Instead of grinding them into hamburger or tossing them, try these bold new takes on the “worst” parts of your deer.
When I asked a couple of hunting buddies what they like to do with their deer ribs, most of them said throw them in the trash. (My dad said, “Salt liberally then throw them in the trash.”) We refuse to believe there are no good rib recipes out there, so we did some digging as to how you can save those parts of your deer that are considered undignified.
1. Pressure Cooked Ribs
This recipe starts with sawed sections of deer ribs, pressure cooked, then they are dry rubbed and grilled up nice and blackened. You’ll be entering grilling competitions in no time.
2. Smoked Ribs
Another take on ribs, which appears to crank out some fine looking sticks of meat, is to smoke them. With some good old fashioned bacon, apple juice, and aluminum foil this recipe should definitely be worth a shot this summer.
Roasts are another cut of venison that some people just don’t know what to do with. The neck roast may be especially daunting for some, it is tough, sinewy and chewy. But try this crock-pot recipe and you will be soon thinking otherwise.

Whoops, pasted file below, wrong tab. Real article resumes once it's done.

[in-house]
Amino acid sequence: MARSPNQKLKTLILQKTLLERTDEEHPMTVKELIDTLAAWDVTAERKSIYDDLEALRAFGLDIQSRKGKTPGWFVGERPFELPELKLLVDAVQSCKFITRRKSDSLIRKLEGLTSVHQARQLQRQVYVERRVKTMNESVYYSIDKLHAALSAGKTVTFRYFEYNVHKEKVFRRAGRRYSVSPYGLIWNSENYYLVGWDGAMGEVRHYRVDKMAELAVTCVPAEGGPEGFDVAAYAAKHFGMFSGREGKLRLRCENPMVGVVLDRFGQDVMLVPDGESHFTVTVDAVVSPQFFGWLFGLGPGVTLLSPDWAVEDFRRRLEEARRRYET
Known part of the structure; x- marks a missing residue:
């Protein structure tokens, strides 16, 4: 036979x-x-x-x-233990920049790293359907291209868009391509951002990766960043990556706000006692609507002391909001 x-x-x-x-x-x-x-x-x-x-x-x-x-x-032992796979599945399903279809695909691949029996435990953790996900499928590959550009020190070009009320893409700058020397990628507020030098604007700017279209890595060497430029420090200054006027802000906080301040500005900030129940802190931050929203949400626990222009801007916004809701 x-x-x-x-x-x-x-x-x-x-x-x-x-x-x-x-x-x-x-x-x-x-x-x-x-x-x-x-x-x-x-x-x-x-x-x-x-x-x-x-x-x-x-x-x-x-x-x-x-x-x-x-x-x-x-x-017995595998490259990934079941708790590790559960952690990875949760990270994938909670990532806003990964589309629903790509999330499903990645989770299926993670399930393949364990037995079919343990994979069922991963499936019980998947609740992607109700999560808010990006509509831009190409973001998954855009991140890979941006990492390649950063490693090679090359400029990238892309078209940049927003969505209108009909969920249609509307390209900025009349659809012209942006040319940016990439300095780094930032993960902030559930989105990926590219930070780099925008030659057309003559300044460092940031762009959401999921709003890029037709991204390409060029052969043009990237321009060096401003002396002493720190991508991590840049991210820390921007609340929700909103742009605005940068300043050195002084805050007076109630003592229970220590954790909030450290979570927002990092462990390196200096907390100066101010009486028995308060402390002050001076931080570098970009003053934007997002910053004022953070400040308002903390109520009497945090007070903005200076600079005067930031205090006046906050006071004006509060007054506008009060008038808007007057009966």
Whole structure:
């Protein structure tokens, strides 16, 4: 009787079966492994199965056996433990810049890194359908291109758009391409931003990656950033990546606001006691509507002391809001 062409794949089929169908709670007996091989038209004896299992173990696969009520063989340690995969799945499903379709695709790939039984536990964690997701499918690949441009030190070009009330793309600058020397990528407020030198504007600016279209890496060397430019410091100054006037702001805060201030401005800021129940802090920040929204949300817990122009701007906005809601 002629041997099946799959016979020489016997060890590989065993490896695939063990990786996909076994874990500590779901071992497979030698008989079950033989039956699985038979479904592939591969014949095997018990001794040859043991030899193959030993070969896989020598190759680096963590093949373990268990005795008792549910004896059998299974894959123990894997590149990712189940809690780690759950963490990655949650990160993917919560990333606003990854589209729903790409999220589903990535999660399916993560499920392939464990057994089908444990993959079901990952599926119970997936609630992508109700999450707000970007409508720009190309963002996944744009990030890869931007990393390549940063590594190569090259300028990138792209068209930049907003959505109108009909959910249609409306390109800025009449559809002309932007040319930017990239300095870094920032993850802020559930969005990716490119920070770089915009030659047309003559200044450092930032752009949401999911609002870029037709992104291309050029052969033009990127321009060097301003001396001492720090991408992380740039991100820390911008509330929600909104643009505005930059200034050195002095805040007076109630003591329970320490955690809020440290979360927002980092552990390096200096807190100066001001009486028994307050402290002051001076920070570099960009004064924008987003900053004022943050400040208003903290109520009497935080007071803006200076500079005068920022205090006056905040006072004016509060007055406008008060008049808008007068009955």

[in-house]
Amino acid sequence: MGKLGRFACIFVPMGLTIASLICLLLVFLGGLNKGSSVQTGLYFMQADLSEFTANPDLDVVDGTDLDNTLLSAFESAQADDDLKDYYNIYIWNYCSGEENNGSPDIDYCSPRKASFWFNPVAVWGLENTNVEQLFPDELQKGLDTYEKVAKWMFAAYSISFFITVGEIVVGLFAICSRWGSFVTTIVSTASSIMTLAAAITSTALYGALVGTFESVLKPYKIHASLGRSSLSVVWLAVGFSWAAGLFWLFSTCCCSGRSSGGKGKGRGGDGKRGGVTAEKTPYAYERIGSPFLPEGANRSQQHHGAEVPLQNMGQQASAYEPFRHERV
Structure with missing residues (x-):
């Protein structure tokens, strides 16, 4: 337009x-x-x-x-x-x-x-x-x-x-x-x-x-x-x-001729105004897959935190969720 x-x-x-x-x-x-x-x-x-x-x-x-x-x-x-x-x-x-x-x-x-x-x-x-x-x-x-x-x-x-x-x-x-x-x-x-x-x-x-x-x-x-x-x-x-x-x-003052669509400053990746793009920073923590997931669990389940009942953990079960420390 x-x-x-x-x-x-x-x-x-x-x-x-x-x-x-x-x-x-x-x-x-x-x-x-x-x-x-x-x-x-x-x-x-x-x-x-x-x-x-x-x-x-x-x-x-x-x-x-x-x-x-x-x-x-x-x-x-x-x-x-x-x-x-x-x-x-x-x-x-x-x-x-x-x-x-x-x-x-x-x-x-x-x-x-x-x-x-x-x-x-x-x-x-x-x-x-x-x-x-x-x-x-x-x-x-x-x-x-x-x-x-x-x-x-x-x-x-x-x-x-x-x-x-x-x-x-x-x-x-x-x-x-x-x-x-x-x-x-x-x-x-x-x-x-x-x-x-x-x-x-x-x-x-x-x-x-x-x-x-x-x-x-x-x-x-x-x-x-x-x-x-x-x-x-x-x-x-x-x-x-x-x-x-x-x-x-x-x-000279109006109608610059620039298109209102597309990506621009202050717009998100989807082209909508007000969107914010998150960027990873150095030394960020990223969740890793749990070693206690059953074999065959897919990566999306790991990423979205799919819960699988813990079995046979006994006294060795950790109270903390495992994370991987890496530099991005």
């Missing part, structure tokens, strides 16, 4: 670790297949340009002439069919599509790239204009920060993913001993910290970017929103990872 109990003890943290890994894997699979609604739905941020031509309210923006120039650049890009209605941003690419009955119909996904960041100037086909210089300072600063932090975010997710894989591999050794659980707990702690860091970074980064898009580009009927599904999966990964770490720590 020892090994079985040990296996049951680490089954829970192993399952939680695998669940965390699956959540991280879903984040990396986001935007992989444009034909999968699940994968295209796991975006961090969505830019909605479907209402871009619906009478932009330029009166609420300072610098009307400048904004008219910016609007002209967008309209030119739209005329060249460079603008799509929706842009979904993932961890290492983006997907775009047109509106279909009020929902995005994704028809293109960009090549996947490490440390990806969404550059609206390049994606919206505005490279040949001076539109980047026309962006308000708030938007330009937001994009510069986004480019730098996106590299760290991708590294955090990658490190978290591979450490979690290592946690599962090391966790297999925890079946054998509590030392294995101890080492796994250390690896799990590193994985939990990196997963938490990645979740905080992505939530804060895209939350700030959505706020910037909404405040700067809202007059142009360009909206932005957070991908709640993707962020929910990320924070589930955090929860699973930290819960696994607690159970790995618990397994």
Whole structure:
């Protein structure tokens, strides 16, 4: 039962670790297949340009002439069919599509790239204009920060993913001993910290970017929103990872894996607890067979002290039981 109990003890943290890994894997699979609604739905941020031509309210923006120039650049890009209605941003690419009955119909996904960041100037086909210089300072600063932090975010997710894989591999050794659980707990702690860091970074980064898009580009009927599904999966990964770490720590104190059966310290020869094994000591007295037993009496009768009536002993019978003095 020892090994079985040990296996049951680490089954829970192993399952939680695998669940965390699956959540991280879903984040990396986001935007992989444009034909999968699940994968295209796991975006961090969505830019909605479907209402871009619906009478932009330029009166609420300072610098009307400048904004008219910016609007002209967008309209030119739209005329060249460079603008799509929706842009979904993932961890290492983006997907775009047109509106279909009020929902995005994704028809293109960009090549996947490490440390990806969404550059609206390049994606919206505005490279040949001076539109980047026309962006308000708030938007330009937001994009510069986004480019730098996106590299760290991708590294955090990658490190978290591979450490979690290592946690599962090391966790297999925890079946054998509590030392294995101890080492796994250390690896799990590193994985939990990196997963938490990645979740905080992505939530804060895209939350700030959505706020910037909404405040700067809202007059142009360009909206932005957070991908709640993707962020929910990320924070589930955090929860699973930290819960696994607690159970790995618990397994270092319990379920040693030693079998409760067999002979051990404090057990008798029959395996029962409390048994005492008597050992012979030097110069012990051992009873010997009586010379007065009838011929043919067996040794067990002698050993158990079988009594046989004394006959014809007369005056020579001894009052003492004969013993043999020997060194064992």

3. Neck Roast Stew
This is an amazing dish during the winter. Trim your roast of any fat and toss it in the crock-pot with some potatoes, carrots and onions. This is where you can get creative.
Try seasoning the roast any or all of these: salt and pepper (a must), worcestershire sauce, a ranch packet, an onion packet, balsamic vinegar or Italian dressing, a touch of soy sauce, and a spoonful of yogurt to keep the roast from drying out. Cover the roast and vegetables with water, red wine, and/or beef stock and leave on low for 8 to 10 hours.
The roast should be fork-tender and is great with just the vegetables or the next day on some bread with ketchup.
4. Stew Meat/Cube Meat
There it sits in the freezer, that pack of frozen cubes of meat you are never quite sure what to do with. Fear not. Here are eight stew recipes that will fill your house with amazing aroma and fill your belly with happiness.
5. Seared Heart
I know, I know, what is this, “Dances With Wolves?” But it would appear that this muscle is not all that bad, and in fact some might say this is the best part of the deer. Quite frankly, this gal’s recipe has me wishing I had some right now.
Georgia Pellegrini cuts the heart up into strips then cubes and marinates it with rosemary and olive oil, sears it and serves it medium rare. Deer heart with a nice red wine on date night? Now thats some dignified eatin’.
Never throw away venison again with these dignified ways to eat the “trash” parts of the deer!